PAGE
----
Spending on health care by private insurance companies grew by 1.3% in 2009, with the number of people covered by private insurance declining by 3.2% or 6.3 million.
Retail prescription drug spending rose to about $250 billion in 2009. Out-of-pocket spending by consumers, including deductibles, co-payments and purchases of goods and services not covered by insurance totaled almost $300 billion according to the report.
The share of the economy devoted to health care rose 1% in 2009, the largest one-year increase in half-century of record keeping.
(9/20/10)- The number of Americans without health insurance rose by 4.4 million to 50.7 million last year, the largest annual jump since the government began collecting comparable data in 1987, according to figures from the U.S. Census Bureau.
The percentage of Americans covered by private insurance in 2009, 63.9%, was the lowest since 1987,while the percentage of people covered by government programs, 30.6%, was the highest. The number of American with some form of health insurance dropped last year for the first time since 1987 to 253.6 million in 209 from 255.1 million in 2008.
The 50.7 million Americans who are uninsured is 16.7% of the population. The number of Americans with employer-sponsored coverage dropped by 6.6 million to 169.7 million last year from 176.3 million in 2008- the largest one time drop since 1987.
The total number of Americans with private insurance fell to 194.5 million from 201 million. The number of Americans covered by Medicaid increased to 47.8 million in 2009 from 42.6 million in 2008, and is now the largest percentage of the population on the program since 1987.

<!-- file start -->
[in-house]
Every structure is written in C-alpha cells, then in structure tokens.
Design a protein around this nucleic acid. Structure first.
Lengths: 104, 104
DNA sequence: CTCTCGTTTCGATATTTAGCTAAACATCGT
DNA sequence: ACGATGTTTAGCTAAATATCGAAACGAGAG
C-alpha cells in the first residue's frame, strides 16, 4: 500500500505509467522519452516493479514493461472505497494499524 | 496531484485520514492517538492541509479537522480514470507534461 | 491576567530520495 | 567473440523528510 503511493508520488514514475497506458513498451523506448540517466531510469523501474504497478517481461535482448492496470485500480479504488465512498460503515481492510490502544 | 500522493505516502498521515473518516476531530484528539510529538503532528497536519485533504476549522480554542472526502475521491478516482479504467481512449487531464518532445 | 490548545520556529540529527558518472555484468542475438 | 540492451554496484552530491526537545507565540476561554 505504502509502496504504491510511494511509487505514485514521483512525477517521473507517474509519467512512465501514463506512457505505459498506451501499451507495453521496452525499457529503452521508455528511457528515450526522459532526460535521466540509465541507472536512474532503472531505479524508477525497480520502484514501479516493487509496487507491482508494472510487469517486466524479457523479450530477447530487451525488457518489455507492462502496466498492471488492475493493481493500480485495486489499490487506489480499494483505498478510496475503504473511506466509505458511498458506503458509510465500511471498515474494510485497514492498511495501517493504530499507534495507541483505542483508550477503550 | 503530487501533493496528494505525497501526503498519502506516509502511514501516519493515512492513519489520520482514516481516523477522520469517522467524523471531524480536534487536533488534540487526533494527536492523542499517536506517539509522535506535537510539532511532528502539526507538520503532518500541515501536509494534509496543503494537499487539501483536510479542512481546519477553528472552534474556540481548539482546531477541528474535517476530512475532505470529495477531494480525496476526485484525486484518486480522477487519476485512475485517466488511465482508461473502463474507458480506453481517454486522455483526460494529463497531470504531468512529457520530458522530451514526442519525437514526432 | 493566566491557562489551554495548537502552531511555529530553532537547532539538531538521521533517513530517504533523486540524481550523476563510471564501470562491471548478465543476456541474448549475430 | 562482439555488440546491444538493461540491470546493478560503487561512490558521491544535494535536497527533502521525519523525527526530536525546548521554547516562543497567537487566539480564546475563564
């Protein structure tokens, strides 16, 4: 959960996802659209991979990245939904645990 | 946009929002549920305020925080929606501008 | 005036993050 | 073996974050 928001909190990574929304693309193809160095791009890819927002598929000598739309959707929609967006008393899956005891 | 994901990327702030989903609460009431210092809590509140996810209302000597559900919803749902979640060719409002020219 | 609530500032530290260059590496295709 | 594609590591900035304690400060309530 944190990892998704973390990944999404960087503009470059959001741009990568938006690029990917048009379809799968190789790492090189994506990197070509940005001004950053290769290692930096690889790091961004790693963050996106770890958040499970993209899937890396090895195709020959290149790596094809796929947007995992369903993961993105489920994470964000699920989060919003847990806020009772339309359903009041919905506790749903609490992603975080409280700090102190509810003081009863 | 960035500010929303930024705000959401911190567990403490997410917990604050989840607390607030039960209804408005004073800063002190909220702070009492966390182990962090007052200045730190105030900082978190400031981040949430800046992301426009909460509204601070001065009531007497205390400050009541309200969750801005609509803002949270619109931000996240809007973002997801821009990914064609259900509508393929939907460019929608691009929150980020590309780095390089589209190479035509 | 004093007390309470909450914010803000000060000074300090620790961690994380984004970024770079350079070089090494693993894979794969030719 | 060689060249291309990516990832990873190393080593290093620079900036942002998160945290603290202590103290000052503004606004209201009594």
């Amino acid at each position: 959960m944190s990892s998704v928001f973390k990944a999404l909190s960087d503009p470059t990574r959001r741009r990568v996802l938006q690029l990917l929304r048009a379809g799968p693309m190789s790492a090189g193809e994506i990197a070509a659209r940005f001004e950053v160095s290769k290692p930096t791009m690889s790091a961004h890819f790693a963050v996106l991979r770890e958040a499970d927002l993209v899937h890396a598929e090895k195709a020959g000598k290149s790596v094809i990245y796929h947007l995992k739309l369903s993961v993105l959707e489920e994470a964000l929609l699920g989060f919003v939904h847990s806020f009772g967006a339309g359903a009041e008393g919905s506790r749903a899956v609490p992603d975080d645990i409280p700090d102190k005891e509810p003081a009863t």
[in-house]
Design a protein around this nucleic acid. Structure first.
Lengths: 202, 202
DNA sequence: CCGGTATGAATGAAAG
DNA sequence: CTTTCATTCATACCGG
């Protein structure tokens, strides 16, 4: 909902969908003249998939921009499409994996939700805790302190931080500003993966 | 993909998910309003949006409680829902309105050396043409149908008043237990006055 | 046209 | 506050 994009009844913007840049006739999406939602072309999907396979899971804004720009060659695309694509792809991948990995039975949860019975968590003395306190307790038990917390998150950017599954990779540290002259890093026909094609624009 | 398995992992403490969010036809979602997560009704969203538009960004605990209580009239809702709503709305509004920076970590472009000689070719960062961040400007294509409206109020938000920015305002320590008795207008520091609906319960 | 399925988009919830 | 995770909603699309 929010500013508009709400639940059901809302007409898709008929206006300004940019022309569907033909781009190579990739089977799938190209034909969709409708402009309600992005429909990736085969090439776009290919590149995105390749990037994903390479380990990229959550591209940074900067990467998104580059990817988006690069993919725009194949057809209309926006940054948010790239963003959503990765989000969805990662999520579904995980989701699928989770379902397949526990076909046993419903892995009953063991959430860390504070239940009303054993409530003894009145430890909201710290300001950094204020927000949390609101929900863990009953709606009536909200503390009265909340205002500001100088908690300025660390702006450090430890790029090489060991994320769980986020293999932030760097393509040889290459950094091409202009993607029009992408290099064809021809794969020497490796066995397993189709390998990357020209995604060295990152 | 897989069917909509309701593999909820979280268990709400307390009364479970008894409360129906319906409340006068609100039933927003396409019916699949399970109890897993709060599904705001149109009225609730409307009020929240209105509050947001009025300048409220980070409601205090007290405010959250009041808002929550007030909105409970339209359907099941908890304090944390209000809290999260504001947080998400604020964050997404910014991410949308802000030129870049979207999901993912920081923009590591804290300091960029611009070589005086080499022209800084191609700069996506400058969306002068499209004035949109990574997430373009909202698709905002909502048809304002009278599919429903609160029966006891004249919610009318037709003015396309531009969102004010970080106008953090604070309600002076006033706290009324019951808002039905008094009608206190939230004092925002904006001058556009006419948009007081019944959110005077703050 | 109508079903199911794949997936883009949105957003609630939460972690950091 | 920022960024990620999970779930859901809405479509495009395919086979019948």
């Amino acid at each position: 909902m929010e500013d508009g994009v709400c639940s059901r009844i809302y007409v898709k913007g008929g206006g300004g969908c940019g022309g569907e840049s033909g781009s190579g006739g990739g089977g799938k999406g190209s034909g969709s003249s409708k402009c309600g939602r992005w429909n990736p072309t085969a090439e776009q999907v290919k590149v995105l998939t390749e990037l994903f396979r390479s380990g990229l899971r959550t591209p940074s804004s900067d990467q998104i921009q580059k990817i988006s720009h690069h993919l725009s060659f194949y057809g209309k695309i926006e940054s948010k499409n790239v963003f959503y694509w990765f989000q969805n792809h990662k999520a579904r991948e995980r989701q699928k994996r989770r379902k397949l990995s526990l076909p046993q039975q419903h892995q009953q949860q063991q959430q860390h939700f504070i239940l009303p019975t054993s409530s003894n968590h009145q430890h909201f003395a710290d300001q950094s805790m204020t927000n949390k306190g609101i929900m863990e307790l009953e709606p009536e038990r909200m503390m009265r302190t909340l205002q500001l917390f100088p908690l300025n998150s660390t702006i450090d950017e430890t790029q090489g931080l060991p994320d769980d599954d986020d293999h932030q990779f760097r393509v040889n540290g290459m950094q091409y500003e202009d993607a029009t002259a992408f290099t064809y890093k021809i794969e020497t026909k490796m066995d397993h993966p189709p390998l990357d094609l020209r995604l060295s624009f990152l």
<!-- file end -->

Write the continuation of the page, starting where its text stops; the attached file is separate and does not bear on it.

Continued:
(3/23/10)- According to the latest figures from the non-partisan Congressional Budget Office (CBO), the latest version of the Democrat's health-care overhaul bill would help to reduce the deficit by $143 billion over the next decade. On the other hand the CBO estimated that the cost of the bill would come to $940 billion over the next decade.
Included in the CBO figures are both the cost of the Senate bill passed on Christmas eve last year, and also the package of changes in the House version of the bill that was released on Thursday.
The cost included $466 billion to give tax credits to help lower earners to buy insurance, $434 billion to expand the Medicaid insurance program, and $40 billion in tax credits to help small businesses offer coverage.